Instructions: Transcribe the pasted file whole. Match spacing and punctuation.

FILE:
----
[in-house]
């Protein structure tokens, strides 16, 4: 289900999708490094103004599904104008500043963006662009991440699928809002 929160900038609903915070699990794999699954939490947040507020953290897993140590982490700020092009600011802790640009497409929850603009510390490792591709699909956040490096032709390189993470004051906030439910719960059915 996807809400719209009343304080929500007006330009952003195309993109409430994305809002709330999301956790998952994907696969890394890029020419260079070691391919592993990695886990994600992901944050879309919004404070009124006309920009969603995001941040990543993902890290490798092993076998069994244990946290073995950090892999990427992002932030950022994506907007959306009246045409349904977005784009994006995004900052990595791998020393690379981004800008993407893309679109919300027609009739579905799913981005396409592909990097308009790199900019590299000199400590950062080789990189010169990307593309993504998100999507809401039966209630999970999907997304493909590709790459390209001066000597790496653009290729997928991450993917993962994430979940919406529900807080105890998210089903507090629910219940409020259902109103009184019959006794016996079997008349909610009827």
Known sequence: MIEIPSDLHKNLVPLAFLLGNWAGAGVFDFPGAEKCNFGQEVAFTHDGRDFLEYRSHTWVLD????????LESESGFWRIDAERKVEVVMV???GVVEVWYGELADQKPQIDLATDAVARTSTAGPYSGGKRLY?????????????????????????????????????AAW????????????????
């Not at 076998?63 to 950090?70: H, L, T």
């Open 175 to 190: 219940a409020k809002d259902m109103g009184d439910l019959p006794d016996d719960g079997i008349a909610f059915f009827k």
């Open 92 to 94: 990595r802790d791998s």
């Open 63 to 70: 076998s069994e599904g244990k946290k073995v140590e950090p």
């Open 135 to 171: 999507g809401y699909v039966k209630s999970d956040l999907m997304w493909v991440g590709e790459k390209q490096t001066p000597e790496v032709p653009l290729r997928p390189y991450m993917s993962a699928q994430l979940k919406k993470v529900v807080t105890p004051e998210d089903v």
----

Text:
[in-house]
């Protein structure tokens, strides 16, 4: 289900999708490094103004599904104008500043963006662009991440699928809002 929160900038609903915070699990794999699954939490947040507020953290897993140590982490700020092009600011802790640009497409929850603009510390490792591709699909956040490096032709390189993470004051906030439910719960059915 996807809400719209009343304080929500007006330009952003195309993109409430994305809002709330999301956790998952994907696969890394890029020419260079070691391919592993990695886990994600992901944050879309919004404070009124006309920009969603995001941040990543993902890290490798092993076998069994244990946290073995950090892999990427992002932030950022994506907007959306009246045409349904977005784009994006995004900052990595791998020393690379981004800008993407893309679109919300027609009739579905799913981005396409592909990097308009790199900019590299000199400590950062080789990189010169990307593309993504998100999507809401039966209630999970999907997304493909590709790459390209001066000597790496653009290729997928991450993917993962994430979940919406529900807080105890998210089903507090629910219940409020259902109103009184019959006794016996079997008349909610009827």
Known sequence: MIEIPSDLHKNLVPLAFLLGNWAGAGVFDFPGAEKCNFGQEVAFTHDGRDFLEYRSHTWVLD????????LESESGFWRIDAERKVEVVMV???GVVEVWYGELADQKPQIDLATDAVARTSTAGPYSGGKRLY?????????????????????????????????????AAW????????????????
């Not at 076998?63 to 950090?70: H, L, T």
């Open 175 to 190: 219940a409020k809002d259902m109103g009184d439910l019959p006794d016996d719960g079997i008349a909610f059915f009827k």
């Open 92 to 94: 990595r802790d791998s």
């Open 63 to 70: 076998s069994e599904g244990k946290k073995v140590e950090p």
């Open 135 to 171: 999507g809401y699909v039966k209630s999970d956040l999907m997304w493909v991440g590709e790459k390209q490096t001066p000597e790496v032709p653009l290729r997928p390189y991450m993917s993962a699928q994430l979940k919406k993470v529900v807080t105890p004051e998210d089903v």